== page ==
Prickly Pear: Juicing Made Easy

Prickly pears are ripening!

As the summer deepens, prickly pears are ripening in the desert.  In the higher elevations, they may still be a few weeks away from that perfect juicy purple ripeness.  I’ve been playing with prickly pears for more than 40 years, and have finally settled on the easiest, quickest way to make the juice.  I’m a little embarrassed when I think of all the time I’ve wasted in earlier years with more complicated techniques.

The first thing to do is assemble your tools.  Do this first and you’ll save time and aggravation in the long run.  You need tongs, tweezers and rubber gloves.  Just grocery store gloves will do, but buy good ones, not the cheapest.  This will keep most of the stickers out of your fingers.  The tweezers are for the occasional sticker that will still find its way into your hands.

Essential tools: Tweezers, tongs and rubber gloves

First rinse the fruit in a colander to wash off any dust. Then cut the prickly pears into big chunks — three to four pieces each.

Cut the fruit into big chunks.

You do not need to take off the stickers or peel them.  The peel is contains healthy nutrients.  It is especially rich in betalains, which are powerful antioxidants. In fact, prickly pears are the only know source of all of the 24 naturally occurring belatains.  If you’d like to learn more you, can read about it here.  Prickly pears are also high in vitamins A and C.

Cut up about a dozen pears, a few more if they are small, and put them in a blender jar.  For the first batch, you’ll need to add about a fourth cup of water to get the process going. (For later batches, just use a little juice from the first batch).

Load up the blender

Run the blender until you have a nice slurry.  Then strain through a fine sieve.

Sieve will strain out seeds, stickers, everything but delicious juice.

Around a dozen prickly pears should give about a cup of juice.  To make syrup, transfer it to a saucepan, add 1 1/2 cups of sugar (or less), a little lemon juice and about a teaspoon of cornstarch.  Cook until thickened, store in jar and refrigerate.

Use your prickly pear juice in drinks or use it to make syrup.

You can use your syrup to top pancakes, waffles, French toast or ice cream.  If you are interested in branching out to other recipes you can learn about Prickly Pear Onion Jam, Prickly Pear Barbecue Meatballs or Prickly Pear Ice Cream in The Prickly Pear Cookbook.  One my favorite recipes is Prickly Pear, Citrus and Chipotle Sauce for Chicken in The New Southwest Cookbook.  Two simple but delicious recipes are Prickly Pear Salad Dressing and Summer Jam in my latest book Cooking the Wild Southwest. 

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8 responses

  1. I just stumbled on this post and feel compelled to add to it.
    We just finished processing about 4 gallons of puree. The first step was to spread the fruit on concrete and quickly blast with a garden torch to burn off spines and blanch the skin.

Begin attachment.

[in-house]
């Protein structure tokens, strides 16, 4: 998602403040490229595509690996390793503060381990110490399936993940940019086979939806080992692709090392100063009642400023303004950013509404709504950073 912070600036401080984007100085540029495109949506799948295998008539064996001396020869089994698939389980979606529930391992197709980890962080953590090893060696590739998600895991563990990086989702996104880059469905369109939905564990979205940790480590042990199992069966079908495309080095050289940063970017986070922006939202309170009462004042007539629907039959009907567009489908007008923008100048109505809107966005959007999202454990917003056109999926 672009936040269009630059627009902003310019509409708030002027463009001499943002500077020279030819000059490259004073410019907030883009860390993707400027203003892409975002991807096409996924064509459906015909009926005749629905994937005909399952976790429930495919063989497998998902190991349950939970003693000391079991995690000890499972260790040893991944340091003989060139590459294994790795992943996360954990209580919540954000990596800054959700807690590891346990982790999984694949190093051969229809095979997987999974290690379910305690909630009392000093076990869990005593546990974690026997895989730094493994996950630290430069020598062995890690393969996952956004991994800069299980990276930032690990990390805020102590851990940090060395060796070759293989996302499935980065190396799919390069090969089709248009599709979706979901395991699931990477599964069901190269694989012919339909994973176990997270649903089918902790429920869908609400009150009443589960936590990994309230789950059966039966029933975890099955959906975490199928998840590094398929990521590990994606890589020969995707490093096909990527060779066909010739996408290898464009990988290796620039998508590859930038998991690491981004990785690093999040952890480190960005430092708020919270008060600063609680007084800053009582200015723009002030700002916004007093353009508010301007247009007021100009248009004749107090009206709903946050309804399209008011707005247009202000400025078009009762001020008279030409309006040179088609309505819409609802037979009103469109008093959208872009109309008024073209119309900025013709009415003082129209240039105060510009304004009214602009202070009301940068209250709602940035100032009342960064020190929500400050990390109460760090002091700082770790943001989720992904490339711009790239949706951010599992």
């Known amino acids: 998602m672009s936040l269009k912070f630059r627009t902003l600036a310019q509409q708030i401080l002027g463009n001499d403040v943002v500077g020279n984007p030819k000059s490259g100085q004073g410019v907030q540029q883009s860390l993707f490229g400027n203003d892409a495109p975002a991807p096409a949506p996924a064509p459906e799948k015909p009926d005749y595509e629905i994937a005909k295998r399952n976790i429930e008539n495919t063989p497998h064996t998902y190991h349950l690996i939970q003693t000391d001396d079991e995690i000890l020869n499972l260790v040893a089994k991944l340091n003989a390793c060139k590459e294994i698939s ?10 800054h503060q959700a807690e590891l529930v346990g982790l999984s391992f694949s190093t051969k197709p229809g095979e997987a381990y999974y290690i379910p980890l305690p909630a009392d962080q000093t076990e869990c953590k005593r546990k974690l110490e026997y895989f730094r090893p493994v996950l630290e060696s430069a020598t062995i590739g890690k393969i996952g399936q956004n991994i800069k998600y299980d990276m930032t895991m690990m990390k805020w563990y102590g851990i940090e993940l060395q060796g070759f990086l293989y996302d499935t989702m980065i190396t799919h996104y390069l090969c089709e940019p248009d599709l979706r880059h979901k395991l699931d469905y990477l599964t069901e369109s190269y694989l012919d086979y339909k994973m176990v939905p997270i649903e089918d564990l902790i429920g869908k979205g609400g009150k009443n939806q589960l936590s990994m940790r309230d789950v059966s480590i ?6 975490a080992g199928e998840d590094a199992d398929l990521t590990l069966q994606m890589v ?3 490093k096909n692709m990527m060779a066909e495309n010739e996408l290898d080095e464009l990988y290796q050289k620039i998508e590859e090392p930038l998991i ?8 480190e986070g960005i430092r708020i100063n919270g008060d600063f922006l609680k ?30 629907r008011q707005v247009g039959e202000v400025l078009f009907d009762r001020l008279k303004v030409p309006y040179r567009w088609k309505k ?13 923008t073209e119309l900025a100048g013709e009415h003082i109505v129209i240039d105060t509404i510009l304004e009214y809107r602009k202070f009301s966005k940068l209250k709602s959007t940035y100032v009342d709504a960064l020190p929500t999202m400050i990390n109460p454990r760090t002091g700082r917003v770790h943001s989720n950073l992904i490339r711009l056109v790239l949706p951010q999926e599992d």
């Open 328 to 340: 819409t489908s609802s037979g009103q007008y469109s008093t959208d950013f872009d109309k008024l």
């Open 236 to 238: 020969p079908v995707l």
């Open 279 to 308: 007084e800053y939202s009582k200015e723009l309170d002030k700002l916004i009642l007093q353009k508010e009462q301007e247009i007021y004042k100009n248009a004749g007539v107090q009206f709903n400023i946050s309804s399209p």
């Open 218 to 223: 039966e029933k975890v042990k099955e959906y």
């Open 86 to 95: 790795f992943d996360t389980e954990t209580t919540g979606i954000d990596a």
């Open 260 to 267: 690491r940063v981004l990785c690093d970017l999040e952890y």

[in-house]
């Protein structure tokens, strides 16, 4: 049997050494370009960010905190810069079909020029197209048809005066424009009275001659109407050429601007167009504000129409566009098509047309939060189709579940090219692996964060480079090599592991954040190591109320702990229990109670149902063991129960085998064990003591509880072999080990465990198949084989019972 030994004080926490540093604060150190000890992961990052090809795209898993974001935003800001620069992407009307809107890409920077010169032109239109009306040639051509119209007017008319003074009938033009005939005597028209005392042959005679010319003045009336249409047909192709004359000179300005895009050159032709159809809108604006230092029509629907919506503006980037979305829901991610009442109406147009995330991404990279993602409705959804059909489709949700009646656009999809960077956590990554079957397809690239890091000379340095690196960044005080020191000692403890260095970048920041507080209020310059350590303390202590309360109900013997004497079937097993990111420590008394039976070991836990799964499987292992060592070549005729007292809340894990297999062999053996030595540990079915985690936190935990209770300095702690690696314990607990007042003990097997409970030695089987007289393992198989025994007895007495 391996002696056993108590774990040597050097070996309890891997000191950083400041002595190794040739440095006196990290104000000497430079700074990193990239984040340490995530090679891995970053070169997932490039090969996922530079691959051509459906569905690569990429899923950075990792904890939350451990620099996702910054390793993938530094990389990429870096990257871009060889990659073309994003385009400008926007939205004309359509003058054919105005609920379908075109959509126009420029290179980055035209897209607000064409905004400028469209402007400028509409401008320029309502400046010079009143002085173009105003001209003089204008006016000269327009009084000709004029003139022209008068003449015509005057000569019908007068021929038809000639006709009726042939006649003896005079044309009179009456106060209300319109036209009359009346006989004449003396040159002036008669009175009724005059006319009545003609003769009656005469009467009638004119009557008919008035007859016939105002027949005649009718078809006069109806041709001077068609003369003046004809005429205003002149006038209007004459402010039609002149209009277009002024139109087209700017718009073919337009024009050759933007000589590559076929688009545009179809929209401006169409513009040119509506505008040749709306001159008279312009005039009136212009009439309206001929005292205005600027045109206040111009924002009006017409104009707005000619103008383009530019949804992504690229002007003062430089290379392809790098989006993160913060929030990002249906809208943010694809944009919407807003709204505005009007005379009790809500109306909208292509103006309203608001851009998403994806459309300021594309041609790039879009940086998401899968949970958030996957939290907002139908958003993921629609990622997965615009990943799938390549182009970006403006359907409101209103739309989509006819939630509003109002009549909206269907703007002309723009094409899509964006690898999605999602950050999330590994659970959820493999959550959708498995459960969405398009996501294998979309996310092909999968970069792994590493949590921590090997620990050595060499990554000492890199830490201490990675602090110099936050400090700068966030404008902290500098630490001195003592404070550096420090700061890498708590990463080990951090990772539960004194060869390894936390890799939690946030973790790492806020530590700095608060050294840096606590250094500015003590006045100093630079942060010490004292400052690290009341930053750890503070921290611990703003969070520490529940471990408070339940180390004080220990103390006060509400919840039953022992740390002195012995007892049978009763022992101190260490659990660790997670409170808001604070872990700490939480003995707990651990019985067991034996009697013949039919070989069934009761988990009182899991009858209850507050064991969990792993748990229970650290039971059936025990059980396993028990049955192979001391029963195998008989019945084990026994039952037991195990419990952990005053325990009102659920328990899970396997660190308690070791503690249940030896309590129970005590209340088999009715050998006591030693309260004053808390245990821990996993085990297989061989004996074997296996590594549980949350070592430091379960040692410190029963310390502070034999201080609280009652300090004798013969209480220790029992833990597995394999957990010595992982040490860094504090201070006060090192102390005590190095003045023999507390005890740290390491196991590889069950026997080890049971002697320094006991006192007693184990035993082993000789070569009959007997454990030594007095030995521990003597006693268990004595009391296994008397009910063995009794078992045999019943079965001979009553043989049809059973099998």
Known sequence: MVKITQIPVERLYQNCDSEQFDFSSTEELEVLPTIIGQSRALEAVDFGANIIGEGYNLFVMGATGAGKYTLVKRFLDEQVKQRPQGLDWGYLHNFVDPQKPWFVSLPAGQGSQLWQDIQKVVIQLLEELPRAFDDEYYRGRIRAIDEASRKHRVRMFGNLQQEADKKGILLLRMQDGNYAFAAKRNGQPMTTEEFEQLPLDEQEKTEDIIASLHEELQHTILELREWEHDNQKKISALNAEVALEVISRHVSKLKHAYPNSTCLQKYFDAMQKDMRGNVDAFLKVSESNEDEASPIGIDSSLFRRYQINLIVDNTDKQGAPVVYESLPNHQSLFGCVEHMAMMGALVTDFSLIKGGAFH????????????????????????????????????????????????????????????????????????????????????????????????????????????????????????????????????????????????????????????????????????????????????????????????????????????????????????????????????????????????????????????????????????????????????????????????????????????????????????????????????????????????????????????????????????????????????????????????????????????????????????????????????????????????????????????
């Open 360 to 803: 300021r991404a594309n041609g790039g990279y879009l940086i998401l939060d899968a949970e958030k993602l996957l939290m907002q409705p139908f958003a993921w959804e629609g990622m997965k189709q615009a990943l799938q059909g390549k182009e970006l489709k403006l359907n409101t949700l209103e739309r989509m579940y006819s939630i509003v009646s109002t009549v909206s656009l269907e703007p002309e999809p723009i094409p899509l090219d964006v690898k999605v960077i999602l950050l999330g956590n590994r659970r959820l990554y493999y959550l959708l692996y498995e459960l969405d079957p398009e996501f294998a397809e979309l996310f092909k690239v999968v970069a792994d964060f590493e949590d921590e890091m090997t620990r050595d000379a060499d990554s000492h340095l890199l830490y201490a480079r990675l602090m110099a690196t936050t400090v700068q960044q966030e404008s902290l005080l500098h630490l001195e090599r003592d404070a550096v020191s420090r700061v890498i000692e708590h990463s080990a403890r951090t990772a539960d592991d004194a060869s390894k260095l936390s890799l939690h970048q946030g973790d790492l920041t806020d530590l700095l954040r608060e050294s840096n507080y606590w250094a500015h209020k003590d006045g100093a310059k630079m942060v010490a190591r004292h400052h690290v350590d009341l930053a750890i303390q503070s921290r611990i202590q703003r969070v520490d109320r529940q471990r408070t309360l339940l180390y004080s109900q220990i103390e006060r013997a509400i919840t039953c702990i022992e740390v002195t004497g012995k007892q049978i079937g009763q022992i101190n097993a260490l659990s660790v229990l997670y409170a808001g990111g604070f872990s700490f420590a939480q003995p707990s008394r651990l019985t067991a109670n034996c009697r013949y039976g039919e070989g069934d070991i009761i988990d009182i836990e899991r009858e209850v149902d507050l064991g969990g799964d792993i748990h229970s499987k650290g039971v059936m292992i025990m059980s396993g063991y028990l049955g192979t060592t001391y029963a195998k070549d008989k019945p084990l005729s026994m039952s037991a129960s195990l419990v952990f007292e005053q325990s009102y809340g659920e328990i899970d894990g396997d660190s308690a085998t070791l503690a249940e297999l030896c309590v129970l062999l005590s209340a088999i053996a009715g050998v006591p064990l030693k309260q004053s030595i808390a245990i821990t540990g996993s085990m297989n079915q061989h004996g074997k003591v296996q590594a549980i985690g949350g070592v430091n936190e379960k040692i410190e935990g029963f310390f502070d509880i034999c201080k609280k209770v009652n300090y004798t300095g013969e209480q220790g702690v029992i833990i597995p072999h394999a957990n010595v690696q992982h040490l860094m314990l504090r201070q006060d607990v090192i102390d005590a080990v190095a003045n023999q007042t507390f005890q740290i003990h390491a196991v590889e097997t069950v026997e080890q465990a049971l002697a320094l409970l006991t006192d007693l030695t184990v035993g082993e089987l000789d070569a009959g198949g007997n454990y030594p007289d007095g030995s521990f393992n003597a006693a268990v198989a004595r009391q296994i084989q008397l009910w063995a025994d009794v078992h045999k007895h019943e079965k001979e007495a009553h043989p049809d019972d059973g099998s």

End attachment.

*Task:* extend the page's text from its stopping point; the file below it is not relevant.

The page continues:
Next we put about 2 quarts in a clean bucket and pounded them with a 3ft. 4″x4″, then hit them with a powerful hand blender to puree. This worked well, but the puree was hard to get through a strainer, cheese cloth was too fine, but I had some larger filter cloth that worked to squeeze it through. (has anyone tried a potato ricer?)
    It still needs a finer filtering…
    I am telling you this process because I found a much simpler method!!!
    Yesterday I got out the 35 year old Moulinex juicer and tried it out.
    The yield is much better, about 12oz. of well strained puree from 12 to 13 small to large fruit. It took much less time, the pulp and seeds were all in the hopper and the juice was sweeter than the blended mix. (36oz. before dumping the hopper)
    This is a cheap juicer, if I burn it up, I will get another, but this is the best method so far. i may try pumping the puree through a 10 to 20 micron cartridge particulate filter. My goal is a clean syrup suitable for a wine, or mesquite honey mead combination. I think I need to boil it to sterilize any naturally occurring microbes.

    • Thanks for adding your experience, Mark. At the Prickly Pear Festival over the weekend people were asking about juicers. I think that the ultimate use of the juice determines how finely it needs to be strained. For your wine, you don’t want any sediment. For something like ice cream or jam, some pulp is fine. As for boiling, if you are going to use it fresh or cook in some other preparation, pre boiling isn’t necessary. But for long term storage, I agree it is an good idea. The same reason that we blanch vegetables before freezing — get rid of microbes and stop other natural processes.

    • Actually, with enough sugar in the syrup, you can just hold it in the refrigerator for several months. Sugar is a great preservative. If you are just making the juice, you should freeze that as it will just hold in the refrigerator for a week or less. I’ve keep juice in the freezer for up to a year.

      • Thank you. I ended up processing the fruit late last night. I decided to freeze it in ice cubes. I read on a couple of other sites that prickly pear cactus fruit should be preserved with 1/2 lemon juice for ever 3 cups of puree to prevent oxidation. I did this, but I’m not sure that I love the end result.

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